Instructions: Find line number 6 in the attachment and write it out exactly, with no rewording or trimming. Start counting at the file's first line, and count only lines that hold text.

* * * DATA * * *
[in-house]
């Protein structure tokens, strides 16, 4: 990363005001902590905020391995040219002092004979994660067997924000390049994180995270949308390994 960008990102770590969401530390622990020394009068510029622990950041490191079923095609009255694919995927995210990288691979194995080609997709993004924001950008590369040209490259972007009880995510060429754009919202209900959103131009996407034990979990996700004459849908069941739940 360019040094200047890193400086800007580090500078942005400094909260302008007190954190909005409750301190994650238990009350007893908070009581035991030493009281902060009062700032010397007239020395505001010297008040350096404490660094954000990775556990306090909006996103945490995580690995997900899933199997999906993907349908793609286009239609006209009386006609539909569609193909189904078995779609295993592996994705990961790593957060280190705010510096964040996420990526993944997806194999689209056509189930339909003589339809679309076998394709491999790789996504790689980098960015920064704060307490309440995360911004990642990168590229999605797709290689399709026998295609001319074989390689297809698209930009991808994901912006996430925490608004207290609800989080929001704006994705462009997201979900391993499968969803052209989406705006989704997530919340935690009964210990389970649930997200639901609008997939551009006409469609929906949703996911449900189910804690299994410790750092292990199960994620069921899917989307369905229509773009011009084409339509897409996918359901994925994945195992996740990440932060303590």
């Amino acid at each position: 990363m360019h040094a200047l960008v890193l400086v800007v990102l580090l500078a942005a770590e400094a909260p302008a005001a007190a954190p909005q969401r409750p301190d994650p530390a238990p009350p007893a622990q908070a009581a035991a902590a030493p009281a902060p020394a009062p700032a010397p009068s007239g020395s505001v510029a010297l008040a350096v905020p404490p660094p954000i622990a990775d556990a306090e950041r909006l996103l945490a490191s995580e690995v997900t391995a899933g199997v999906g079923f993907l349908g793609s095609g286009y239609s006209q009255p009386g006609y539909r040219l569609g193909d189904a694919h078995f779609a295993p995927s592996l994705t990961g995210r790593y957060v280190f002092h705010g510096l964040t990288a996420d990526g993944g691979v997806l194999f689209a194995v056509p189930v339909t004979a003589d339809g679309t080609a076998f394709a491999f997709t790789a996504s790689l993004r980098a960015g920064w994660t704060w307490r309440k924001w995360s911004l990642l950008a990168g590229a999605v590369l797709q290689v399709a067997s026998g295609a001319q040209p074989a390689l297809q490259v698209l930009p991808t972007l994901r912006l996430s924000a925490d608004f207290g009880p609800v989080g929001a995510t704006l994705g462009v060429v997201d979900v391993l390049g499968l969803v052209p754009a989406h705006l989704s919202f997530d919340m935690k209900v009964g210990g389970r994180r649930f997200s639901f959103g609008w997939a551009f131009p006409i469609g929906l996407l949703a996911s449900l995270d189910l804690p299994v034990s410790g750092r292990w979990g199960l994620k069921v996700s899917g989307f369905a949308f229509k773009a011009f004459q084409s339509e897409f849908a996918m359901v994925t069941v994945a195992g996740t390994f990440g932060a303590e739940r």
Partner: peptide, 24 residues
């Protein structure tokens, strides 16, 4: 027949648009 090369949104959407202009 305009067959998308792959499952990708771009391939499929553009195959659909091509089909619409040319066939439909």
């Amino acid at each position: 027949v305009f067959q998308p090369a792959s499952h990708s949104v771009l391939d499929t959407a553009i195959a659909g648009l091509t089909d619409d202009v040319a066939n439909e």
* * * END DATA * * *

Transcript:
């Amino acid at each position: 027949v305009f067959q998308p090369a792959s499952h990708s949104v771009l391939d499929t959407a553009i195959a659909g648009l091509t089909d619409d202009v040319a066939n439909e």